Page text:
Tomorrow I'll be blogging about the first rehearsal for our concerts with Ennio Morricone next weekend.

Right! I'm off now to Caron's party...

Friday, November 24, 2006

Genesis, more books and Morricone

I've been a Genesis fan, or more strictly a fan of "Genesis-before-1980", ever since a relative introduced me to their music when I was about 15. I've always enjoyed their material from the Peter Gabriel era, and some of the earlier albums with Phil Collins as front man, but I became increasingly disillusioned with the more "poppy" flavour he started to introduce later in the band's history. I've seen them several times in concert, so I was thrilled when they recently announced their reunion tour. This morning I managed to book a couple of tickets for their gig at Twickenham Stadium, which is the day after Crouch End Festival Chorus's summer concert in Cambridge. Hopefully they'll slip in a few more of the early songs than they did when they last toured in the mid-1990s.

CEFC is preparing for its next exciting gig performing the music of Ennio Morricone at the Hammersmith Apollo on 1st and 2nd December. This has been a long time coming - the earlier planned gigs in the summer were cancelled at the last moment, but it looks as though everything will go as planned this time around. This will be the third time we've played with Morricone in the UK, and I was lucky enough to be able to meet and chat with the maestro when the choir first worked with him. Hopefully I'll be able to get a few good photos this time which I promise to blog.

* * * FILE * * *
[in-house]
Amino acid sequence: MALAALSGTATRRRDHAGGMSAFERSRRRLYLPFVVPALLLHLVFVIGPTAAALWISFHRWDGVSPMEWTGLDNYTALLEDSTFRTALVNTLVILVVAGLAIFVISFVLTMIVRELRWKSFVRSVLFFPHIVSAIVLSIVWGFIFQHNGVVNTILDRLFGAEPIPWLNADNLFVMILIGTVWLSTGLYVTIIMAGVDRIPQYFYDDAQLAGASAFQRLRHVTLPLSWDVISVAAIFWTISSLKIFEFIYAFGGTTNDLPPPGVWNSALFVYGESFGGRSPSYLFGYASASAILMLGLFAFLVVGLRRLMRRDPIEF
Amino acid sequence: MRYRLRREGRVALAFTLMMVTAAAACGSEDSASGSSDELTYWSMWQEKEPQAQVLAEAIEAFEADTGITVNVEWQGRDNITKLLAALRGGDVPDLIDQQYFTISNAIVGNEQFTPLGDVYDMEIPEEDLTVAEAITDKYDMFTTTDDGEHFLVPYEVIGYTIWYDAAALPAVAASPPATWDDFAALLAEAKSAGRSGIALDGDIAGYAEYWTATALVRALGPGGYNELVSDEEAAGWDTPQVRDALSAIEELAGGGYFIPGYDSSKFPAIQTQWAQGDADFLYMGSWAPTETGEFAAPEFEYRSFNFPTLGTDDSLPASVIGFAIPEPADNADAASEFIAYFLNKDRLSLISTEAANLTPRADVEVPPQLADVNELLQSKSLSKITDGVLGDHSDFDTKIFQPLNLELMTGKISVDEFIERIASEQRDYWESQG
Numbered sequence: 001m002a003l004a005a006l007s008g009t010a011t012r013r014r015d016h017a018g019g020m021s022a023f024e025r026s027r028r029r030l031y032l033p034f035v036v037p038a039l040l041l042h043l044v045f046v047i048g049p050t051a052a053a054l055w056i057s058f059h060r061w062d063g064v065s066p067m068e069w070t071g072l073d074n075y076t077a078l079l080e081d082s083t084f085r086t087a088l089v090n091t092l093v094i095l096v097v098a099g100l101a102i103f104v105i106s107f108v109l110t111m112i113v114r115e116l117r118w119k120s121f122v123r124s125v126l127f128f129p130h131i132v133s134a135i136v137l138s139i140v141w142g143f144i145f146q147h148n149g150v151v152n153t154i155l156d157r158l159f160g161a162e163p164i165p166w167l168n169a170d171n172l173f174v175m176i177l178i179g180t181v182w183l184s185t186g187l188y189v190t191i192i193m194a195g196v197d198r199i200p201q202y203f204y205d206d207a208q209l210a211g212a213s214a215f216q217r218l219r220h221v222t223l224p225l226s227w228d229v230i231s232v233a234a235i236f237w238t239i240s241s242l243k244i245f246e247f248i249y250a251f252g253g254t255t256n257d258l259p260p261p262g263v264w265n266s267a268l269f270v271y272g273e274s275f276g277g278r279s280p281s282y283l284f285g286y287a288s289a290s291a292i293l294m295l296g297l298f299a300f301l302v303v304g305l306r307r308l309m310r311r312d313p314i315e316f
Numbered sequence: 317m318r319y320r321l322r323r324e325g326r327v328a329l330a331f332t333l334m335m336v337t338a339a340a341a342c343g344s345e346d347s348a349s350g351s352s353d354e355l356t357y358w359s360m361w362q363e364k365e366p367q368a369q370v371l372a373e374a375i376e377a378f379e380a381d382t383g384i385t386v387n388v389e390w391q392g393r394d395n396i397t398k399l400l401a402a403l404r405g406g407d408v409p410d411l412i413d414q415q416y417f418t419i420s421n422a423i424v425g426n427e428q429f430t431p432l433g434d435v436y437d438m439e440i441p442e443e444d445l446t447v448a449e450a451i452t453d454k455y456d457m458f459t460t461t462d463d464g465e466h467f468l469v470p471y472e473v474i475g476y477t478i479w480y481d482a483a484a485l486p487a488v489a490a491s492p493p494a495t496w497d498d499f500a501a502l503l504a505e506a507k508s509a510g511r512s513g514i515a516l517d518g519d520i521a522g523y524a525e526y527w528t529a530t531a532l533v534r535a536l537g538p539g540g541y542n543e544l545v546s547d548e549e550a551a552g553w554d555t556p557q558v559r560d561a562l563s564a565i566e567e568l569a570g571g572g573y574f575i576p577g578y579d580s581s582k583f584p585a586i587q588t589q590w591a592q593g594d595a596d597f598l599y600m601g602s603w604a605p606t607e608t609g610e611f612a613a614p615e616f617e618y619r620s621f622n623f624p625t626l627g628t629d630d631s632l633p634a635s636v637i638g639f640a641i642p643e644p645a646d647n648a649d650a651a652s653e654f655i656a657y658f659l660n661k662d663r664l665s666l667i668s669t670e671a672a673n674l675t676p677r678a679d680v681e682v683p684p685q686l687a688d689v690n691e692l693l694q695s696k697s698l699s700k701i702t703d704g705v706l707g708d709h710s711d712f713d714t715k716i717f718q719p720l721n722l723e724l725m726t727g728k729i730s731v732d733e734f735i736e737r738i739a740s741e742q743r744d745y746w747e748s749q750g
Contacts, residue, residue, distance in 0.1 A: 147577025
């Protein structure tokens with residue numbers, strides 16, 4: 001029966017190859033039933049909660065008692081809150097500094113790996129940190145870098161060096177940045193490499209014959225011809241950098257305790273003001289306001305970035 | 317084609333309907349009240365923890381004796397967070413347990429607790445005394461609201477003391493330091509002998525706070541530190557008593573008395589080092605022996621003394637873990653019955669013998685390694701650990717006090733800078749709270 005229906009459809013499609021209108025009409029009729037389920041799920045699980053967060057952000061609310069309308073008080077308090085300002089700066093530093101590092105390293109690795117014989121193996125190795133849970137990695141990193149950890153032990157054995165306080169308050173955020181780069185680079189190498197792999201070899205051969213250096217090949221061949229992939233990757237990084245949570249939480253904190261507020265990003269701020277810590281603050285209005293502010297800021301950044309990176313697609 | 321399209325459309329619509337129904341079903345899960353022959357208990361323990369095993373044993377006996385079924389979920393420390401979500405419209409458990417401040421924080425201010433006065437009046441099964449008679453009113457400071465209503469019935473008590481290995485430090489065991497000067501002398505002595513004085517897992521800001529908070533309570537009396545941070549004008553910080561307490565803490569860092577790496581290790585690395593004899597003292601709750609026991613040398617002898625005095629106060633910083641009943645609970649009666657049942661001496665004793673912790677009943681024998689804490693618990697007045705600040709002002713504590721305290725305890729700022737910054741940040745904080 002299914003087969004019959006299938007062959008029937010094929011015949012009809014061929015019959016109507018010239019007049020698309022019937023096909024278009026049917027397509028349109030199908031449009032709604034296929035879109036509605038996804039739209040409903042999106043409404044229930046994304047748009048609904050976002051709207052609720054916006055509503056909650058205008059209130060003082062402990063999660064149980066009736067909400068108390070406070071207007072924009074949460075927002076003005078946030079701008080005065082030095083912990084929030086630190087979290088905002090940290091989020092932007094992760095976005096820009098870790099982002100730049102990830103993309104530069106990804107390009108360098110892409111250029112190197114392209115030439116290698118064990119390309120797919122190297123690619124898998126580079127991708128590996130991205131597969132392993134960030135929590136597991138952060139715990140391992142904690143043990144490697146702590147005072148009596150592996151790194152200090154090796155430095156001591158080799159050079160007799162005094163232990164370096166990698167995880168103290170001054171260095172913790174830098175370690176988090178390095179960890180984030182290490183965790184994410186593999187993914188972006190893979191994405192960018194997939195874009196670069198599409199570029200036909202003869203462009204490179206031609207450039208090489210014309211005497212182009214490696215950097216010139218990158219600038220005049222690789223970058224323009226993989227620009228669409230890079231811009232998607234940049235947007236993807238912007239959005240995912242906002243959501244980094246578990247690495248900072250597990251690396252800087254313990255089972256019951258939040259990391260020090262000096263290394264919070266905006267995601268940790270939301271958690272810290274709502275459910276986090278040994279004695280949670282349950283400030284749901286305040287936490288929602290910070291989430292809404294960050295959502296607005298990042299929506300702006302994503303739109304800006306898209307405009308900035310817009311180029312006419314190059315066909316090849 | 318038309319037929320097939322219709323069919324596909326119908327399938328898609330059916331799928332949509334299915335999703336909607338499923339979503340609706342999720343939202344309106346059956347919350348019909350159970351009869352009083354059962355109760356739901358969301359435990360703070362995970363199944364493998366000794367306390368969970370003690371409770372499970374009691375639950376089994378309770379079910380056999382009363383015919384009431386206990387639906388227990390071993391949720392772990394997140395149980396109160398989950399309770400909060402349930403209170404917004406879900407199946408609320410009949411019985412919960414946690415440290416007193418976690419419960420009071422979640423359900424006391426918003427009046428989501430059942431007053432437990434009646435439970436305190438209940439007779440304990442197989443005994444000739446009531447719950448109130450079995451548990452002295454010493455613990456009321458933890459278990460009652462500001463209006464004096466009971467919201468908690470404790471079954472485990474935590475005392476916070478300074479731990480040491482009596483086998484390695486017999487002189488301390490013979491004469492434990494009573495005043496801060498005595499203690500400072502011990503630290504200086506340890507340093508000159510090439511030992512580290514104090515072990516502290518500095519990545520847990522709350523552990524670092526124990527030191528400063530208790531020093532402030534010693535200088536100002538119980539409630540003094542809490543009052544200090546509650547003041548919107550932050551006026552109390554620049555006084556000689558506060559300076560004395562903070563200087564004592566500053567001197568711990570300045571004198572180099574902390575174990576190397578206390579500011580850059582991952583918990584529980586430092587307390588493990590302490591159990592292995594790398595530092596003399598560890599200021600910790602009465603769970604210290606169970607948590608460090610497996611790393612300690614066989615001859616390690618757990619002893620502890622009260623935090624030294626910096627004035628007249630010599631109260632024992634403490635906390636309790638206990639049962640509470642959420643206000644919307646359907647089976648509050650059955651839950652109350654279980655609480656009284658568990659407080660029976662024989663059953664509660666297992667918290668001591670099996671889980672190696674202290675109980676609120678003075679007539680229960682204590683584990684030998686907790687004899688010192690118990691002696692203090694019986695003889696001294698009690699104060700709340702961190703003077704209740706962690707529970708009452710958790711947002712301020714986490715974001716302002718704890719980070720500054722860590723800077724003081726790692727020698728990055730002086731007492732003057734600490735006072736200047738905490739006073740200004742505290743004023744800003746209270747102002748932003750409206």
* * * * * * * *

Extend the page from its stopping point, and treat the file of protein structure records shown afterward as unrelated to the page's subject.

Another 10 books from the 1001 today:

Charlotte Brontë: Jane Eyre, Villette
Anne Brontë: Agnes Grey
Emily Brontë: Wuthering Heights
Elizabeth Gaskell: Mary Barton
Charles Dickens: Bleak House, Hard Times, A Tale of Two Cities, Great Expectations
George Eliot: The Mill on the Floss

Thursday, November 23, 2006

Daily blog

As of today, I shall be adding something to my blog every day.

I've recently bought a fantastic book called "1001 books to read before you die". I've discovered that I've read around a hundred of them in my life, so I've obviously still got a way to go. Here are the first ten I've read:

Jane Austen: Sense and Sensibility, Pride and Prejudice, Mansfield Park, Emma, Persuasion, Northanger Abbey
Mary Wollstonecraft Shelley: Frankenstein
Charles Dickens: Oliver Twist, Nicholas Nickleby, A Chrstmas Carol

I'll list a few every day for the next few days, then hopefully keep the blog updated as I read more.